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We need to hurry on green construction

Its estimated that the global value of real estate is US$217 trillion – that’s roughly 2.7 times the GDP of the entire world. Of this, $162 trillion worth is residential, $29 trillion worth is commercial and $26 trillion worth is agricultural land. A conservative estimate is that global real estate consumes 40% of global energy annually and accounts for more than 20% of international carbon emissions.

In India and in many parts around the world, people live and work in buildings that are typically powered, heated and cooled using energy from fossil fuels. If these buildings are not retrofitted with energy efficiency measures, there is a real risk these assets becoming a burden to the society in the coming years, especially as we draw closer to the deadline.

Strangely the government in India doesn’t seem to be in a hurry to popularise green construction in the country. While our Finance Minister presenting the Budget for 2019-20 preferred to ignore Green construction completely, the Budget finds special mention about Electric Vehicles and the government’s goal of making India a global hub of manufacturing of EVs. Recently the GST Council also reduced GST rate on EVs from 12% to 5%. To make electric vehicle affordable to consumers, the government has decided to provide additional income tax deduction of 1.5 lakh on the interest paid on loans taken to purchase electric vehicles. This amounts to a benefit of around 2.5 lakh over the loan period to the taxpayers who take loans to purchase electric vehicle. There is nothing wrong in incentivising usage of electric vehicles as the vehicular traffic is one of the major reasons for GHGs. What is surprising is the government’s attitude of indifference towards green construction. That’s really baffling.

Indeed, vehicular traffic is one of the largest polluters of environment but so is the construction sector. Around 40 per cent of global energy related emissions come from buildings and construction. If you can subsidise and incentivise the EV purchase you should also offer similar benefits to those who buy Green Houses! But the government is not thinking on similar lines. One readymade answer from the government has always been – it’s the state subject and have to be dealt with at the state level. But so is the agriculture and water and the central government has come out with special programs in that sector. The government should realise that unless Green Construction and Green Buildings are promoted in the country it would be impossible for India to achieve GHG emission targets by 2030.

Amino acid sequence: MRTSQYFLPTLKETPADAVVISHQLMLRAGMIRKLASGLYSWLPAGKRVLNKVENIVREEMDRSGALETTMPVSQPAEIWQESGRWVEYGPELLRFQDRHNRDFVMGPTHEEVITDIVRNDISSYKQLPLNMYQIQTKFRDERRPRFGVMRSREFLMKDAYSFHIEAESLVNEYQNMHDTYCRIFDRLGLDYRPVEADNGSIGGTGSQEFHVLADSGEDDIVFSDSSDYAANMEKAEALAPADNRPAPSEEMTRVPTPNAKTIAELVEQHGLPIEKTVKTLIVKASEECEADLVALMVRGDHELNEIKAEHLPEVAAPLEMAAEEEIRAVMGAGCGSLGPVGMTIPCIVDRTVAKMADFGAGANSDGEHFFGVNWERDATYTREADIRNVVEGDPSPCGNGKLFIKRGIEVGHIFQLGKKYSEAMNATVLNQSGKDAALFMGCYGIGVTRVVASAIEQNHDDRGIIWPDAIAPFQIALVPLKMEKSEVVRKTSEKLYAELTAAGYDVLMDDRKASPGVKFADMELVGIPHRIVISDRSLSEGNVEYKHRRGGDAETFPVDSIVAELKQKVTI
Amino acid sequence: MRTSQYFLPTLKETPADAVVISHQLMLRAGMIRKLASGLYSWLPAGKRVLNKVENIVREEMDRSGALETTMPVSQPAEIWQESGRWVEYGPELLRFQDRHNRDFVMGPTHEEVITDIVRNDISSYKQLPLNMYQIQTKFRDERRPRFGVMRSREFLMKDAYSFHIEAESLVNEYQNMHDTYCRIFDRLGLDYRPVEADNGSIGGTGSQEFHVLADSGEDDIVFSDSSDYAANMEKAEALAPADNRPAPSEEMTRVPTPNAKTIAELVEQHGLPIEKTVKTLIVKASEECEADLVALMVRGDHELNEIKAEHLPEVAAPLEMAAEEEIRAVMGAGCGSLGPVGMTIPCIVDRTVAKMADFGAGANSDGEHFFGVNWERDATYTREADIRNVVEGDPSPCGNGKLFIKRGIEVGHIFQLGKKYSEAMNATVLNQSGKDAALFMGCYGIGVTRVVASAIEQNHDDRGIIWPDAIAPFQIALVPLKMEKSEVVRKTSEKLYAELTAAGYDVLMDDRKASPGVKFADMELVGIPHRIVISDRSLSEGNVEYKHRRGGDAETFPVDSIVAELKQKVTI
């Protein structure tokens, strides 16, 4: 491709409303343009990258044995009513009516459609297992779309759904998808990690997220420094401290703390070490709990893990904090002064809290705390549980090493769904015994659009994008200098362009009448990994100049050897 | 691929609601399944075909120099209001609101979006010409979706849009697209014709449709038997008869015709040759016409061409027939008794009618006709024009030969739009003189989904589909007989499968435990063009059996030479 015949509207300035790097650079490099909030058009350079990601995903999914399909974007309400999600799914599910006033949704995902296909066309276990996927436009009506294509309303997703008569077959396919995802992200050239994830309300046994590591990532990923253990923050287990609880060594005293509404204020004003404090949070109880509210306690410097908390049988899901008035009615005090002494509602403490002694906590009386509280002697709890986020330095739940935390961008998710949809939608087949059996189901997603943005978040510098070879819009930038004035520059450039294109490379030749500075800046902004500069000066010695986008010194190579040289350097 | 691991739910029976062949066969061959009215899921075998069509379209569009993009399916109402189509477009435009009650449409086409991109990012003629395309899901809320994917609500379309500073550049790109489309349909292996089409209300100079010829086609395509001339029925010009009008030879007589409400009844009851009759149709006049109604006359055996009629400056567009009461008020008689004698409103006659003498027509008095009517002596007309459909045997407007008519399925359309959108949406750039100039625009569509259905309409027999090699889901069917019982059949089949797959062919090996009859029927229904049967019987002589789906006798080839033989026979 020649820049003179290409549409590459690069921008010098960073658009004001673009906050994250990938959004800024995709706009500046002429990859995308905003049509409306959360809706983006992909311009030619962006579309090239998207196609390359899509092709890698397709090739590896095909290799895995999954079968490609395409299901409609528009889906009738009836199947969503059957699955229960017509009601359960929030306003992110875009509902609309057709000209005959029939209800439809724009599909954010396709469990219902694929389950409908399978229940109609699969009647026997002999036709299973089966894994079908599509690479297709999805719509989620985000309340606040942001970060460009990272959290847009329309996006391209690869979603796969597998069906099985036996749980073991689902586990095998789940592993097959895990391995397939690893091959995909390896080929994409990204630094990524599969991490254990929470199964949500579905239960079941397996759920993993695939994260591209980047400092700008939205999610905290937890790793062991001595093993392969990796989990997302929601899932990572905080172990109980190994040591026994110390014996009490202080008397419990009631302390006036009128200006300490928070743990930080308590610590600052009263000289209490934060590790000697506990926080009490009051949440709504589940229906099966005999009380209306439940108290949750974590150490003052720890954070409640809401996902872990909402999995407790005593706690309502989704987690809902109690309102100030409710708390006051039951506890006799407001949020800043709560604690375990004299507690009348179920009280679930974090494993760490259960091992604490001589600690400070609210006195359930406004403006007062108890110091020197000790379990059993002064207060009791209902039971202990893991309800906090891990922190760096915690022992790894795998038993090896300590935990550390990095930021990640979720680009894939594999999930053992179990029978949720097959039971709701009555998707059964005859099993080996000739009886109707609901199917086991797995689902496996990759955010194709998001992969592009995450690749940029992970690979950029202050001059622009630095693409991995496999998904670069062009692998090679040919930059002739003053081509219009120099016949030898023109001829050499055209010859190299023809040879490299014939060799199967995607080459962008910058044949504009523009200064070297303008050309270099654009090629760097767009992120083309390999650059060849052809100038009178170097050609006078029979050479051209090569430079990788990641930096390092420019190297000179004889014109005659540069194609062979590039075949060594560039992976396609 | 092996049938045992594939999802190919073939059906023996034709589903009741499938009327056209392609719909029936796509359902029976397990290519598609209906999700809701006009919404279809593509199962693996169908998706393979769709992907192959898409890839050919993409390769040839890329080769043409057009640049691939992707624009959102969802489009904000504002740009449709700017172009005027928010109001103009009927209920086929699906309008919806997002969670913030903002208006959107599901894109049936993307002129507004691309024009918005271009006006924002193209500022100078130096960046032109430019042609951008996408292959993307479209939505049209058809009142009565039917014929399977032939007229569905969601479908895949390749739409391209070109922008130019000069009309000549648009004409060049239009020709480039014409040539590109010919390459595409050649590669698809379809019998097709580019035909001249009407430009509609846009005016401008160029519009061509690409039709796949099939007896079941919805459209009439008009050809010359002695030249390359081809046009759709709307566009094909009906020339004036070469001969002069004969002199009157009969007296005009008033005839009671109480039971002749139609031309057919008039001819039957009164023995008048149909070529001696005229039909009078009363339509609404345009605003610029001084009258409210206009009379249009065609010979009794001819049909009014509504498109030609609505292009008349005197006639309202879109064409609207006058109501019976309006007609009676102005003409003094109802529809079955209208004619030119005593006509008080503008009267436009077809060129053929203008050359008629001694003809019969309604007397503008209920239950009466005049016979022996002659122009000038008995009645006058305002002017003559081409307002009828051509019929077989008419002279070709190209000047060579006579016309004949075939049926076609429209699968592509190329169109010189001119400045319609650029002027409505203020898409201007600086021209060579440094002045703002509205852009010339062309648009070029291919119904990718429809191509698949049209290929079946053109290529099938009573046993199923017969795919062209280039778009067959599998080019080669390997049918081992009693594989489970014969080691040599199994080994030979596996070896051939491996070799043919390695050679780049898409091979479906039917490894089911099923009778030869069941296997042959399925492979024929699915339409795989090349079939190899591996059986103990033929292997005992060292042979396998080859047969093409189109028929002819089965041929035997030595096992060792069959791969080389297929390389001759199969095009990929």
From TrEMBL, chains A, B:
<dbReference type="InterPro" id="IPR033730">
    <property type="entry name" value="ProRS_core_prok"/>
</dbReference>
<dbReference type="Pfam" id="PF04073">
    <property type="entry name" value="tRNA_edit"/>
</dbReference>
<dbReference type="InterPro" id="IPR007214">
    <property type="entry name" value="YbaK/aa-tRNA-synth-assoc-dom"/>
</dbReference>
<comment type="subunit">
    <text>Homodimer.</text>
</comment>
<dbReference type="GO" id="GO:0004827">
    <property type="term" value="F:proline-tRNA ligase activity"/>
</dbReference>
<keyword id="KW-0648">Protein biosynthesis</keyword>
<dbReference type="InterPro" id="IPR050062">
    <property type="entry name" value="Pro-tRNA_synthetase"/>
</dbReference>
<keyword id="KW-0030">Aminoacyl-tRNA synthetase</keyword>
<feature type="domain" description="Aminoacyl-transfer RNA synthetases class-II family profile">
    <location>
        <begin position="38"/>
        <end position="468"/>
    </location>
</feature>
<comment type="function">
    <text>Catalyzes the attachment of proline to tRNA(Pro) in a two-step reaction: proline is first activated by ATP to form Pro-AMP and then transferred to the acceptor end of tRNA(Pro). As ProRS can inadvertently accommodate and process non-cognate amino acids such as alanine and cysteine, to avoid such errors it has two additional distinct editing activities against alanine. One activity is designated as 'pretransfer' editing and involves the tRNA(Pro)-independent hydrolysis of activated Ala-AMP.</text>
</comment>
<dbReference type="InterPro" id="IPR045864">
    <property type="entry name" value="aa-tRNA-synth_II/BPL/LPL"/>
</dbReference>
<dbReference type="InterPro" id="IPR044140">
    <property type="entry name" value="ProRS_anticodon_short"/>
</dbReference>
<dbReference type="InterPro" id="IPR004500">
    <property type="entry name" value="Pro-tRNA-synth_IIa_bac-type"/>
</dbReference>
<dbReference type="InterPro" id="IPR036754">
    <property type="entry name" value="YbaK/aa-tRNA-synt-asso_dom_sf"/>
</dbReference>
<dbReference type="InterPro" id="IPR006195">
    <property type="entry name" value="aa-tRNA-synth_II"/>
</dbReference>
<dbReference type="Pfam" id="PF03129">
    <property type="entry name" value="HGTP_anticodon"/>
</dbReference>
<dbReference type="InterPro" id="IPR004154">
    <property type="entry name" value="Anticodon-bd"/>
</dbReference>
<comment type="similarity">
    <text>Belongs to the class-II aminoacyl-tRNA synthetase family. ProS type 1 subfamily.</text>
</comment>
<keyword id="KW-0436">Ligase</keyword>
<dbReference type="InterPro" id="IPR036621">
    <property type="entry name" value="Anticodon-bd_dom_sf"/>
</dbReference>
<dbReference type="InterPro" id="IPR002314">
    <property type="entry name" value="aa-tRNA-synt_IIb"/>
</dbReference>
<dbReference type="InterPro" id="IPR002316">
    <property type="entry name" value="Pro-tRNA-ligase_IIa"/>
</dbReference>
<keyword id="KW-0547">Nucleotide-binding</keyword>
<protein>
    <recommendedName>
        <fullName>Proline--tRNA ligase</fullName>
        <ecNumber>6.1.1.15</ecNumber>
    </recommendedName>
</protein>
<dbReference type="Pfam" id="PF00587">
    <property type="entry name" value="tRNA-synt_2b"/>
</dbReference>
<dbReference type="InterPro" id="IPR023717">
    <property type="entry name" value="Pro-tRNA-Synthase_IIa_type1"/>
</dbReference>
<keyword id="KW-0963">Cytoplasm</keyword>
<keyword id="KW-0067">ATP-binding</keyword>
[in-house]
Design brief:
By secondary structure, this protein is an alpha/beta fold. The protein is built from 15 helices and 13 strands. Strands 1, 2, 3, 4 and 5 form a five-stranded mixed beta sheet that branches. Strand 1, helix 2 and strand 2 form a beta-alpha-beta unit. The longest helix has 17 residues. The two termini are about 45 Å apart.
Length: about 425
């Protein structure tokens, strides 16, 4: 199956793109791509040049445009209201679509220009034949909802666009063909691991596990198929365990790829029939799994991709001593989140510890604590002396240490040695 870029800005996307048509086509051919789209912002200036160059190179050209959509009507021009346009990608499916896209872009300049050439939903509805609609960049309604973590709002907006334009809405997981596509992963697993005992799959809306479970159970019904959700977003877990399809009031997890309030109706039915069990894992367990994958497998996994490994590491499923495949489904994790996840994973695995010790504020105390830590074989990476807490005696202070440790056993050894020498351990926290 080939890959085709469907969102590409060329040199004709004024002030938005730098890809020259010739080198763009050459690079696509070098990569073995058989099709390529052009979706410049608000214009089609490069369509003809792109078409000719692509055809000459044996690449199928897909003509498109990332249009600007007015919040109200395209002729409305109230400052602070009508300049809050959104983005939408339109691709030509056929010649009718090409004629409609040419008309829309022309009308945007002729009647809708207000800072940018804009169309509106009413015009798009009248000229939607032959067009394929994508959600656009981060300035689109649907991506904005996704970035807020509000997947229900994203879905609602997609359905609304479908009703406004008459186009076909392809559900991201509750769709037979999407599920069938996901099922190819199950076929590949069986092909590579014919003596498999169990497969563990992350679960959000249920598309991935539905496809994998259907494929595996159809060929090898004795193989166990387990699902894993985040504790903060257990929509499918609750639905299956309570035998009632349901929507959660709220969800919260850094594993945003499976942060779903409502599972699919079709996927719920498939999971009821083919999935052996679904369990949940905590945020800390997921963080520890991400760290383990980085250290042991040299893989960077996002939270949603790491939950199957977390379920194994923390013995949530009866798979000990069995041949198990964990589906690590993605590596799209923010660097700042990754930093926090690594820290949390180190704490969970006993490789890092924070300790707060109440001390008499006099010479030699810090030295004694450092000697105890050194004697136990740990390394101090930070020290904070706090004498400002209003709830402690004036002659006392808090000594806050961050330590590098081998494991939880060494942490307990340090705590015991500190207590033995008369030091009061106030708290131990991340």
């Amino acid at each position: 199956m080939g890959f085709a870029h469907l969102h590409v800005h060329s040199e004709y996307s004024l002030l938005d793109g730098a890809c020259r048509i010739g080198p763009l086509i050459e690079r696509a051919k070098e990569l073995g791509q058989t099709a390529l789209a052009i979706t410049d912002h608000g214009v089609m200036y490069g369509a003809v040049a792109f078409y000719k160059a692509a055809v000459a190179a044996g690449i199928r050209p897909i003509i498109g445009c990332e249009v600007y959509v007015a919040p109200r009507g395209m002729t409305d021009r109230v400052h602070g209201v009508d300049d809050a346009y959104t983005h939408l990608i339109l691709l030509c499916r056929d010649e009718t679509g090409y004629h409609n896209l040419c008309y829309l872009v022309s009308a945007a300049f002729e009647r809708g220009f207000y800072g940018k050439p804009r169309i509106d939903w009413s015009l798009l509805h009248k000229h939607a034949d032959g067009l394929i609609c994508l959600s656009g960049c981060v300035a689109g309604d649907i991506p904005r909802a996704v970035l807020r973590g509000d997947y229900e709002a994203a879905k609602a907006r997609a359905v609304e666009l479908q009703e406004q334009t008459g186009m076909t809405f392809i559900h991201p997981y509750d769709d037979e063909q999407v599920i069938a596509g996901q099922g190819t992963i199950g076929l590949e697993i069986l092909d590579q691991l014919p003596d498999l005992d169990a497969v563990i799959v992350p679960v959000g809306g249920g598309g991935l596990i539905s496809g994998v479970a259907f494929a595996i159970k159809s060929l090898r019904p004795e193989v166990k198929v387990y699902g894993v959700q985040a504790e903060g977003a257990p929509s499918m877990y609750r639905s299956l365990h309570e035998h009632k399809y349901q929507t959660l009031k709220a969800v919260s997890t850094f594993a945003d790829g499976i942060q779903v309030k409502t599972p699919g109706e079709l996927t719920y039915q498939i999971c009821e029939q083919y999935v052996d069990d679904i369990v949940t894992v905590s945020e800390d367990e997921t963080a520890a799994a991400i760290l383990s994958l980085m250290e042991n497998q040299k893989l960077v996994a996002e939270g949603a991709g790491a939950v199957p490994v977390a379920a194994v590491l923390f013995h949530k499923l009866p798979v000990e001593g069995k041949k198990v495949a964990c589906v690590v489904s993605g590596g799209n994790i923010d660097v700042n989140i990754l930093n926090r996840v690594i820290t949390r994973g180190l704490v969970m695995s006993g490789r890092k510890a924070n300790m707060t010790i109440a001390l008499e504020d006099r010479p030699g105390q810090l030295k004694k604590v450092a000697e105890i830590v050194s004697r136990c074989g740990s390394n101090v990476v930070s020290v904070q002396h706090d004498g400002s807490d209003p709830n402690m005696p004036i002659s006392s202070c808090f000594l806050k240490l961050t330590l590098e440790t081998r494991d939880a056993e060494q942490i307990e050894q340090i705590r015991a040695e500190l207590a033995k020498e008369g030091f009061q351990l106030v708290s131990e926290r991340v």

At least, the government should have acted on the lines of European Union when in 2010 a directive on energy performance made it mandatory for all European properties to hold an energy performance certificate and monitor energy use from heating and air conditioning. Later on, these energy performance certificates could have been used to enforce minimum standards of energy efficiency for all residential and commercial property.

Always remember that the cost of achieving an energy transition is less daunting, because the cost of not acting is more expensive. In fact, as we approach the deadline, the cost of achieving an energy transition will become more expensive than its today.

It should be noted that world -USA, UK, Australia and many others – are moving towards net zero energy buildings while in India energy efficient buildings account for not even 1% of the structures though the concept has been in existence in the country since the beginning of the century. Latest budget could have been a good platform for the government to announce its comprehensive policies leading to net zero energy environment. Fortunately for us, we will be seeing next budget in six months or so and let’s hope that it contains more “Green Lines.”

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